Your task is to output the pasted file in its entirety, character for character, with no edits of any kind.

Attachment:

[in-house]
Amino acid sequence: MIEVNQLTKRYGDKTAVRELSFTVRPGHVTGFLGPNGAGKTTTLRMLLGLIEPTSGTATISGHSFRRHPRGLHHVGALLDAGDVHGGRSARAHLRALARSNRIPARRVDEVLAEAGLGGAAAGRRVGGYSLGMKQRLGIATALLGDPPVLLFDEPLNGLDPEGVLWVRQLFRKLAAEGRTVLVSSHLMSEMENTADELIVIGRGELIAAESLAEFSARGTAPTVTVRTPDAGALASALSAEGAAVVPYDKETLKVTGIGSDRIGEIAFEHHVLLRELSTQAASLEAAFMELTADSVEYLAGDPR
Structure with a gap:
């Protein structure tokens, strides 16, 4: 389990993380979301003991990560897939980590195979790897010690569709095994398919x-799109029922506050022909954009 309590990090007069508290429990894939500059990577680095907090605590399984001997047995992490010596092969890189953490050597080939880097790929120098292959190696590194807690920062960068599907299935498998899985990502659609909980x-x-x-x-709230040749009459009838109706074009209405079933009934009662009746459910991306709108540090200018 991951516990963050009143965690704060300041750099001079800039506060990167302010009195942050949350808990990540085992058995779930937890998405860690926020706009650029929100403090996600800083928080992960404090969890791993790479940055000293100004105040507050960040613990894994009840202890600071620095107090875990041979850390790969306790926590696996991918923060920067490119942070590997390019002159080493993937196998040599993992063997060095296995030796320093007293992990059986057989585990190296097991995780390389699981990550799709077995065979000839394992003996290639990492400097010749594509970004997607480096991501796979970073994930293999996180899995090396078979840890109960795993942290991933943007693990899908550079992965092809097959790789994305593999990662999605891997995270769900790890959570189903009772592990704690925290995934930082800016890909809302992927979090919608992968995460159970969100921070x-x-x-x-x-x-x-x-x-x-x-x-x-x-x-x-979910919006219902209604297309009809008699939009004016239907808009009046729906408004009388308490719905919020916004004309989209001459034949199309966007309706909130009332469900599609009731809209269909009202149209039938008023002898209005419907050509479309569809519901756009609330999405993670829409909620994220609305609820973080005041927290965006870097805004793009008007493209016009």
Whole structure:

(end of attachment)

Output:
[in-house]
Amino acid sequence: MIEVNQLTKRYGDKTAVRELSFTVRPGHVTGFLGPNGAGKTTTLRMLLGLIEPTSGTATISGHSFRRHPRGLHHVGALLDAGDVHGGRSARAHLRALARSNRIPARRVDEVLAEAGLGGAAAGRRVGGYSLGMKQRLGIATALLGDPPVLLFDEPLNGLDPEGVLWVRQLFRKLAAEGRTVLVSSHLMSEMENTADELIVIGRGELIAAESLAEFSARGTAPTVTVRTPDAGALASALSAEGAAVVPYDKETLKVTGIGSDRIGEIAFEHHVLLRELSTQAASLEAAFMELTADSVEYLAGDPR
Structure with a gap:
């Protein structure tokens, strides 16, 4: 389990993380979301003991990560897939980590195979790897010690569709095994398919x-799109029922506050022909954009 309590990090007069508290429990894939500059990577680095907090605590399984001997047995992490010596092969890189953490050597080939880097790929120098292959190696590194807690920062960068599907299935498998899985990502659609909980x-x-x-x-709230040749009459009838109706074009209405079933009934009662009746459910991306709108540090200018 991951516990963050009143965690704060300041750099001079800039506060990167302010009195942050949350808990990540085992058995779930937890998405860690926020706009650029929100403090996600800083928080992960404090969890791993790479940055000293100004105040507050960040613990894994009840202890600071620095107090875990041979850390790969306790926590696996991918923060920067490119942070590997390019002159080493993937196998040599993992063997060095296995030796320093007293992990059986057989585990190296097991995780390389699981990550799709077995065979000839394992003996290639990492400097010749594509970004997607480096991501796979970073994930293999996180899995090396078979840890109960795993942290991933943007693990899908550079992965092809097959790789994305593999990662999605891997995270769900790890959570189903009772592990704690925290995934930082800016890909809302992927979090919608992968995460159970969100921070x-x-x-x-x-x-x-x-x-x-x-x-x-x-x-x-979910919006219902209604297309009809008699939009004016239907808009009046729906408004009388308490719905919020916004004309989209001459034949199309966007309706909130009332469900599609009731809209269909009202149209039938008023002898209005419907050509479309569809519901756009609330999405993670829409909620994220609305609820973080005041927290965006870097805004793009008007493209016009």
Whole structure: